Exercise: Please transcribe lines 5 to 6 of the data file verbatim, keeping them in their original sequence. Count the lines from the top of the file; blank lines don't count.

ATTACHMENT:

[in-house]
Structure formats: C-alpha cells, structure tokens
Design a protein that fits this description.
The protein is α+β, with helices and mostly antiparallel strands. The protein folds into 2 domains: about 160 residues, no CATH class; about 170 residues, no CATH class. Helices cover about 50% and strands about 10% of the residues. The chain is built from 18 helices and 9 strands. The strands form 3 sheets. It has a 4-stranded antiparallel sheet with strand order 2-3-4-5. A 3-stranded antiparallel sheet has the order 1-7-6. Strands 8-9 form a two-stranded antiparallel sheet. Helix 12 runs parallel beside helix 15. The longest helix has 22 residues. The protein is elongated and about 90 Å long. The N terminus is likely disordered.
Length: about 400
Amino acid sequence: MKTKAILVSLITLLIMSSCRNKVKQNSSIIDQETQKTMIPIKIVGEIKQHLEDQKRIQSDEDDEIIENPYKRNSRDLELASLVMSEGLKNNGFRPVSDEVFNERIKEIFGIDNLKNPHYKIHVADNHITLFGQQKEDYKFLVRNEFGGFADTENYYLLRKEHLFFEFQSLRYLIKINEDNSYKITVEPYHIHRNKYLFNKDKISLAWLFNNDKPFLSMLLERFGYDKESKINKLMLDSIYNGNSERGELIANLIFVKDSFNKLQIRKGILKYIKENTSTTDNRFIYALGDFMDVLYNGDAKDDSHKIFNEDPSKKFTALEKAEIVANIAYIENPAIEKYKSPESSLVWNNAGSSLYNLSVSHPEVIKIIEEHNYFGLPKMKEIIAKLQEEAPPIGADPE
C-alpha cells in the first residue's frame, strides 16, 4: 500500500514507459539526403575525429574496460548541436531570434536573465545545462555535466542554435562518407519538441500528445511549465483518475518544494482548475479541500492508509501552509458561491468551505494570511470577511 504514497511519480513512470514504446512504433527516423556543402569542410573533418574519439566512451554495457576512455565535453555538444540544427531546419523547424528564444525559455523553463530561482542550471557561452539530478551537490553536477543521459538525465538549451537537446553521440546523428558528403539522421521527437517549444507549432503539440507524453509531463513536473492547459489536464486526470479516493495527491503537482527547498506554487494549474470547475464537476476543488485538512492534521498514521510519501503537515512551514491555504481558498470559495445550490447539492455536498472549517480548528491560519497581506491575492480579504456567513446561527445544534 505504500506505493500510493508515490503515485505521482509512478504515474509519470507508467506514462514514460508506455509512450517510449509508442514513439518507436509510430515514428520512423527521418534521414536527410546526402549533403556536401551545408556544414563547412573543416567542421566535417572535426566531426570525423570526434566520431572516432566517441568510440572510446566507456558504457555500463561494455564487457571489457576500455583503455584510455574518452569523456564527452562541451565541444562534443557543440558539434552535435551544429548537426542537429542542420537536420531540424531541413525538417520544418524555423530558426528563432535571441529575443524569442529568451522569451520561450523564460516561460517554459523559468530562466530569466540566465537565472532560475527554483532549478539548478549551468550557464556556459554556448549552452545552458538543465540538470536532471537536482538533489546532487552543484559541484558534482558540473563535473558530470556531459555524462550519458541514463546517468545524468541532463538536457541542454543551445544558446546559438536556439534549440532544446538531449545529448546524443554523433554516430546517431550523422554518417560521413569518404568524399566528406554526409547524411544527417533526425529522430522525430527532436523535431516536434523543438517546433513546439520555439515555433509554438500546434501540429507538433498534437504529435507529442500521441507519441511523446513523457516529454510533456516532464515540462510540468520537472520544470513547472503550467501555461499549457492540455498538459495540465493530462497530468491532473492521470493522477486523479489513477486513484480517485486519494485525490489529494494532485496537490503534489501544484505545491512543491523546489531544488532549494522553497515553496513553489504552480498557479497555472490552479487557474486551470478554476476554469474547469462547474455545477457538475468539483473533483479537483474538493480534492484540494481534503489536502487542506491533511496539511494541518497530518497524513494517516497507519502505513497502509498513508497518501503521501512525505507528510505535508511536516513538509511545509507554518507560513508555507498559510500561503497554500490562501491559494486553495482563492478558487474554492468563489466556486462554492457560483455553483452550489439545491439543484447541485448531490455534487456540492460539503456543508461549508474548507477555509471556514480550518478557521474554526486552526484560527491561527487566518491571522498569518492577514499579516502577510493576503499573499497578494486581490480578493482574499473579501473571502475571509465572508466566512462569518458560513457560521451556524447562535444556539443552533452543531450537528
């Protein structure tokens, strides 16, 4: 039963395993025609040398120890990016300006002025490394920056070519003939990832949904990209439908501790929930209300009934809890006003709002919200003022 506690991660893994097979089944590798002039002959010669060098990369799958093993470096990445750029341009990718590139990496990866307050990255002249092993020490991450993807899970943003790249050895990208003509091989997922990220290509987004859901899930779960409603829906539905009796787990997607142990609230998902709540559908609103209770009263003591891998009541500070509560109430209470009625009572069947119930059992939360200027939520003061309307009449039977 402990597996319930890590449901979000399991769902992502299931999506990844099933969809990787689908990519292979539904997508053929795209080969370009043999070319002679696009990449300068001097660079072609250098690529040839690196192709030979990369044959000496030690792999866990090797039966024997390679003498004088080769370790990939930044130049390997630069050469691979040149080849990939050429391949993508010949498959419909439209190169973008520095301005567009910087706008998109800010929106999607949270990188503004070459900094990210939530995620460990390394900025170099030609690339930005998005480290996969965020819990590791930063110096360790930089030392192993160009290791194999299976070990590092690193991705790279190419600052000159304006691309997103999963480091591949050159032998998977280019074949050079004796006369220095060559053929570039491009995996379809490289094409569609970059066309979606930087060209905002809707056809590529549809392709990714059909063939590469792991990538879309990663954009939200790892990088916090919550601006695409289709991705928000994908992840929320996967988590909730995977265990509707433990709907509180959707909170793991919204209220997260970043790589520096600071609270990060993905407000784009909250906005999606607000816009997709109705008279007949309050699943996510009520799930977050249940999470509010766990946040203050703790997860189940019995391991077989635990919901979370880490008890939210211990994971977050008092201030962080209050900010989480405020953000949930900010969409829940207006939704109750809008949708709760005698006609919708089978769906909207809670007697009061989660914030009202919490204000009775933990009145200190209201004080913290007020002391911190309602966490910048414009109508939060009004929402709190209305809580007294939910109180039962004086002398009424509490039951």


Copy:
Length: about 400
Amino acid sequence: MKTKAILVSLITLLIMSSCRNKVKQNSSIIDQETQKTMIPIKIVGEIKQHLEDQKRIQSDEDDEIIENPYKRNSRDLELASLVMSEGLKNNGFRPVSDEVFNERIKEIFGIDNLKNPHYKIHVADNHITLFGQQKEDYKFLVRNEFGGFADTENYYLLRKEHLFFEFQSLRYLIKINEDNSYKITVEPYHIHRNKYLFNKDKISLAWLFNNDKPFLSMLLERFGYDKESKINKLMLDSIYNGNSERGELIANLIFVKDSFNKLQIRKGILKYIKENTSTTDNRFIYALGDFMDVLYNGDAKDDSHKIFNEDPSKKFTALEKAEIVANIAYIENPAIEKYKSPESSLVWNNAGSSLYNLSVSHPEVIKIIEEHNYFGLPKMKEIIAKLQEEAPPIGADPE